What is the relationship between thought and exercise? Why does the classic “nerd” (to use the American parlance) eschew physical exercise? Why does the classic “jock” struggle with his homework? I have always assumed that these two stereotypes were caricatures, extreme portrayals of two tendencies that some people are able to combine quite successfully. Modern culture takes the same view, emphasising both the physical and the mental benefits of exercise. But recently, I have been wondering whether that view is right.

For a number of years I have done a lot of exercise. From September to March I whip into foot hounds (beagles or bassets) in an energetic fashion, and can easily cover 15 miles or more in a busy afternoon. During the summer months I try to keep fit by swimming and running. A large amount of exercise obviously makes you tired, and if I have done a lot of running I find it harder to take in new ideas for a few days afterwards (and feel generally tired). But I had never, until recently, questioned the benefits of regular, moderate exercise. I have long been frustrated that I am often too tired in the evenings to read an interesting book, but I have taken that as a fact of life.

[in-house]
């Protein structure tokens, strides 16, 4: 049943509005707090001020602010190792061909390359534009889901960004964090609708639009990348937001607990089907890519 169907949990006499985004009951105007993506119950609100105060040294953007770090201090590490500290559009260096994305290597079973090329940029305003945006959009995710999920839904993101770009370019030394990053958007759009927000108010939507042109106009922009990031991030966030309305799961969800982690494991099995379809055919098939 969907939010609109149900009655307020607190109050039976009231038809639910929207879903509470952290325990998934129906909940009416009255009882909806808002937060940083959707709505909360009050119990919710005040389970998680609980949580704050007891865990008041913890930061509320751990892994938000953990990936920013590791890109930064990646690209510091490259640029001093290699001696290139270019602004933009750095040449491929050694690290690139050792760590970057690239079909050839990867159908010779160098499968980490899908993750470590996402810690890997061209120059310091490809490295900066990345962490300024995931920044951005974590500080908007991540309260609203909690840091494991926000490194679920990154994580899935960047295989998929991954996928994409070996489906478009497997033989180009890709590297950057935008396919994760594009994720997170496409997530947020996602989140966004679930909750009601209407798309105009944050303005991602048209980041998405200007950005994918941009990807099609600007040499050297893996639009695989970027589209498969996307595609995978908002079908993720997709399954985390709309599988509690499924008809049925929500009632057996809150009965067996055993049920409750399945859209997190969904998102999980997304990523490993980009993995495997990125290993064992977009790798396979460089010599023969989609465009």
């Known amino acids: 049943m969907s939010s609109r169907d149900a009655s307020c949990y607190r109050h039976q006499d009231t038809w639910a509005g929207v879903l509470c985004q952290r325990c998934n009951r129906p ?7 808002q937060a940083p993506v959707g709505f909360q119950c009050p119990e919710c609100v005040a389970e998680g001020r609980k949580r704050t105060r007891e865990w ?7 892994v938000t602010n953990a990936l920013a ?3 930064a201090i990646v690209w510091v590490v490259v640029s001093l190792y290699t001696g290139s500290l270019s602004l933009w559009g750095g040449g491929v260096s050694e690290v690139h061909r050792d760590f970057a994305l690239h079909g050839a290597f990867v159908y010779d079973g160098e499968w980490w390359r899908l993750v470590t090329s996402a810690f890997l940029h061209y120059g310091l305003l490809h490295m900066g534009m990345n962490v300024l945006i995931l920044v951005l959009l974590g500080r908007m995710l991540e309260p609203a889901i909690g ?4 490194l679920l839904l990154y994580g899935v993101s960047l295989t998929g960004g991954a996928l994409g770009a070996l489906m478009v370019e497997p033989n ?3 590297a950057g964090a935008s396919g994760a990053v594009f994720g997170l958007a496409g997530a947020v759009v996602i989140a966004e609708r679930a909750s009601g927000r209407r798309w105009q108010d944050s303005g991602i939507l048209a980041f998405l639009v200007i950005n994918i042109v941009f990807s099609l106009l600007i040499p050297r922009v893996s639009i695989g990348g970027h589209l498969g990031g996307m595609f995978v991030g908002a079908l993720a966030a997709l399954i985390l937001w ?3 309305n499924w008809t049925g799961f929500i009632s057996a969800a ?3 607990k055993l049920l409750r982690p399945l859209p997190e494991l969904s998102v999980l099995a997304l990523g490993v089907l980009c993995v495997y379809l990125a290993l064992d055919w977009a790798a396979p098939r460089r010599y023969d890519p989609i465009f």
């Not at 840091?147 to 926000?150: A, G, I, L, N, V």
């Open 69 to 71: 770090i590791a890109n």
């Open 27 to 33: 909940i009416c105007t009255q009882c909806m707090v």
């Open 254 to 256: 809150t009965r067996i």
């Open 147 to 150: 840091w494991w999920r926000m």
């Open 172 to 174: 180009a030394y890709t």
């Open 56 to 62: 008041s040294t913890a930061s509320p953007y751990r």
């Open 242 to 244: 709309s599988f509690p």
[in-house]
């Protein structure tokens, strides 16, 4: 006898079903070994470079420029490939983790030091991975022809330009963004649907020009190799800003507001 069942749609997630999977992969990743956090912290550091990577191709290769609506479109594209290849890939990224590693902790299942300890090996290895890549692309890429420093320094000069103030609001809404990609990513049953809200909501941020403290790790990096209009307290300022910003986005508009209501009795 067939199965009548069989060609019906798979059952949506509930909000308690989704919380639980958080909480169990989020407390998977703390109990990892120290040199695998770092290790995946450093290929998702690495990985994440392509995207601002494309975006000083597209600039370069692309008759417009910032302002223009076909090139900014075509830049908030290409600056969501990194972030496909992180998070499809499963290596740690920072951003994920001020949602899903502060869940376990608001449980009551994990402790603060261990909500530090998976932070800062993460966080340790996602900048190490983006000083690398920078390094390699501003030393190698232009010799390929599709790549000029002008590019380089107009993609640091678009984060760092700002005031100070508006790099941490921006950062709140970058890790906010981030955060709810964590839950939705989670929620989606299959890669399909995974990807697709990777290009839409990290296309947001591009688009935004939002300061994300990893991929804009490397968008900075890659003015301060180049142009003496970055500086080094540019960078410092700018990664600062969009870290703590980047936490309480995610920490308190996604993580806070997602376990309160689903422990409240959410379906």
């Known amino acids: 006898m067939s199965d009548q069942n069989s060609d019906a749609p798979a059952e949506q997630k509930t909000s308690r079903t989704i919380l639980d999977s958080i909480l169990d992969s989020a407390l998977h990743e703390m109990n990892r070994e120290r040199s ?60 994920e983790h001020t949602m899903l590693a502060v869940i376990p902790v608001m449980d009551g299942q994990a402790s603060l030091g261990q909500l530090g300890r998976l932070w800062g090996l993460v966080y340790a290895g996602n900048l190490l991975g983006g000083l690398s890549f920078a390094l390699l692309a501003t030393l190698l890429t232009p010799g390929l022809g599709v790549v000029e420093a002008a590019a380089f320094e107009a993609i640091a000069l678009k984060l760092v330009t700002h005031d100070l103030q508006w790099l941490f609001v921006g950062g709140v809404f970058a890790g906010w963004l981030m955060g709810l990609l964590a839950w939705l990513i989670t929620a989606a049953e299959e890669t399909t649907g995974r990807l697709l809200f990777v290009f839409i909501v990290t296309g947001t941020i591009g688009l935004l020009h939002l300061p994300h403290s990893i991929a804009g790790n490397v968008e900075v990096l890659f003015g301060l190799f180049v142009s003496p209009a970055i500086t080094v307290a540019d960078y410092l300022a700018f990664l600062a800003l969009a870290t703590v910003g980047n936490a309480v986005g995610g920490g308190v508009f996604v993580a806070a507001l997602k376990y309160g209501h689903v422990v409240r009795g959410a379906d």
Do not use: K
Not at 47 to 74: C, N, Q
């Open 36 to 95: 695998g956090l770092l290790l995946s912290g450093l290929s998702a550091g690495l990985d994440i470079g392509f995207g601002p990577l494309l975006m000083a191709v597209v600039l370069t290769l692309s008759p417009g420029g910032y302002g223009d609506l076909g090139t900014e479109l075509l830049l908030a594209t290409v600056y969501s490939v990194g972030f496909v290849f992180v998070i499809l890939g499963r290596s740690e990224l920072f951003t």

Since I began trading, however, my exercise routine has been quite irregular. Trading requires a lot of work and gives you emotional ups and downs, and I also do some part-time jobs to keep me in funds, and altogether it is harder to keep to an exercise routine than it used to be when I would just call into the pool on the way to work every day (as attested by my waistline). I have increasingly noticed that, while a lack of exercise may make me feel less healthy and less in control of life, slack exercise periods are associated with spurts in reading. For example, I last had a proper run almost two weeks ago (seven miles around Regent’s Park) and I am now half way through my third book in that time.

I think that there are two effects here. First, exercise takes time that could otherwise be spent reading. Second, exercise tires you out, which means it is hard to pick up a book straight after a moderate run. As a result of these effects, other things being equal, people who do regular, moderate exercise do less reading than those who do no hard exercise, and are thus less intelligent (reading being the main way to make oneself cleverer). Hence the jock-nerd distinction.

I am increasingly thinking that that it is impossible to excel as both “jock” and “nerd” and that, since my main ambitions are mental rather than physical, I should become a proper “nerd” — give up on heavy exercise altogether and restrict myself to brisk walks (and a smaller diet). But I do love whipping in to foot hounds, which means a lot of running. This is a conundrum.

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